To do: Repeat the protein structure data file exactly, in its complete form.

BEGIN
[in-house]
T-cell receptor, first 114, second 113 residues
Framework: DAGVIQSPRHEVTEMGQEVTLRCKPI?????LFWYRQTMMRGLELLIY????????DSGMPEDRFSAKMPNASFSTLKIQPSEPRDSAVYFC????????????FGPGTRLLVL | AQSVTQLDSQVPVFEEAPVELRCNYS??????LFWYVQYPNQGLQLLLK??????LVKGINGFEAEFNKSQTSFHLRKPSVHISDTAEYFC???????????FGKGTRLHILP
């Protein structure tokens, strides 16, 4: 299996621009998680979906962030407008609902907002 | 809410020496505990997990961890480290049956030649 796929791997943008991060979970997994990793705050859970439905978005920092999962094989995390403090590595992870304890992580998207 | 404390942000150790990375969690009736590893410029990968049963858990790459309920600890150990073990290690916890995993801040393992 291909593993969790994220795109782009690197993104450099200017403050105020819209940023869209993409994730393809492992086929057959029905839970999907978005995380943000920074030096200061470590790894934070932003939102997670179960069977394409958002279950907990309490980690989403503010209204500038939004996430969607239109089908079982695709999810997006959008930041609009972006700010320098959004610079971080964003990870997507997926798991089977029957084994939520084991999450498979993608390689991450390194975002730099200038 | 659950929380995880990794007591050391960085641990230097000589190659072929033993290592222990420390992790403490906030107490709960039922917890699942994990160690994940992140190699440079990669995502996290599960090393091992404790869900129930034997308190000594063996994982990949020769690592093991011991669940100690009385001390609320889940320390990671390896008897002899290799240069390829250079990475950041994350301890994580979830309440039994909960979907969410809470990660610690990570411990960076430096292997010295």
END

[in-house]
T-cell receptor, first 114, second 113 residues
Framework: DAGVIQSPRHEVTEMGQEVTLRCKPI?????LFWYRQTMMRGLELLIY????????DSGMPEDRFSAKMPNASFSTLKIQPSEPRDSAVYFC????????????FGPGTRLLVL | AQSVTQLDSQVPVFEEAPVELRCNYS??????LFWYVQYPNQGLQLLLK??????LVKGINGFEAEFNKSQTSFHLRKPSVHISDTAEYFC???????????FGKGTRLHILP
């Protein structure tokens, strides 16, 4: 299996621009998680979906962030407008609902907002 | 809410020496505990997990961890480290049956030649 796929791997943008991060979970997994990793705050859970439905978005920092999962094989995390403090590595992870304890992580998207 | 404390942000150790990375969690009736590893410029990968049963858990790459309920600890150990073990290690916890995993801040393992 291909593993969790994220795109782009690197993104450099200017403050105020819209940023869209993409994730393809492992086929057959029905839970999907978005995380943000920074030096200061470590790894934070932003939102997670179960069977394409958002279950907990309490980690989403503010209204500038939004996430969607239109089908079982695709999810997006959008930041609009972006700010320098959004610079971080964003990870997507997926798991089977029957084994939520084991999450498979993608390689991450390194975002730099200038 | 659950929380995880990794007591050391960085641990230097000589190659072929033993290592222990420390992790403490906030107490709960039922917890699942994990160690994940992140190699440079990669995502996290599960090393091992404790869900129930034997308190000594063996994982990949020769690592093991011991669940100690009385001390609320889940320390990671390896008897002899290799240069390829250079990475950041994350301890994580979830309440039994909960979907969410809470990660610690990570411990960076430096292997010295």